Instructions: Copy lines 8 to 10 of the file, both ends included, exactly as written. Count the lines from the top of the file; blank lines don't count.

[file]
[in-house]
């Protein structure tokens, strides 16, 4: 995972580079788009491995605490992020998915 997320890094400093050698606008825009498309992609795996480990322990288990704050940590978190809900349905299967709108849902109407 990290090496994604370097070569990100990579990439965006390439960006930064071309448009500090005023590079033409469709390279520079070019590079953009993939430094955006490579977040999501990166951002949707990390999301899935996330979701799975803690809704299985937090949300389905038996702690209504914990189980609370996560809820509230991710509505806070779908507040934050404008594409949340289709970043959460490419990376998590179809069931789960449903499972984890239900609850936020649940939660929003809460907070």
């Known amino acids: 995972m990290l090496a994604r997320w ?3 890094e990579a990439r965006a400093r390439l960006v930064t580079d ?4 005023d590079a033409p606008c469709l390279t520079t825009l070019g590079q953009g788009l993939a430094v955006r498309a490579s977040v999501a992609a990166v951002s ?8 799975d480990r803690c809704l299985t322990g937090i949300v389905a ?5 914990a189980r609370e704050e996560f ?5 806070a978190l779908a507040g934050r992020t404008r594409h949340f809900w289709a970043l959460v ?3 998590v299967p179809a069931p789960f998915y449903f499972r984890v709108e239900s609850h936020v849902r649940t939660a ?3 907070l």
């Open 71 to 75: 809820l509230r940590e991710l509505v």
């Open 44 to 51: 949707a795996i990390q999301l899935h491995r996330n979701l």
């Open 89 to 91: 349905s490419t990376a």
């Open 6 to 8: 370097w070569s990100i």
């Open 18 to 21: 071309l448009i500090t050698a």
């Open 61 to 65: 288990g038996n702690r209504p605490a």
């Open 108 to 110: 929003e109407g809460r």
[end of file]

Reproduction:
């Open 18 to 21: 071309l448009i500090t050698a």
């Open 61 to 65: 288990g038996n702690r209504p605490a």
């Open 108 to 110: 929003e109407g809460r």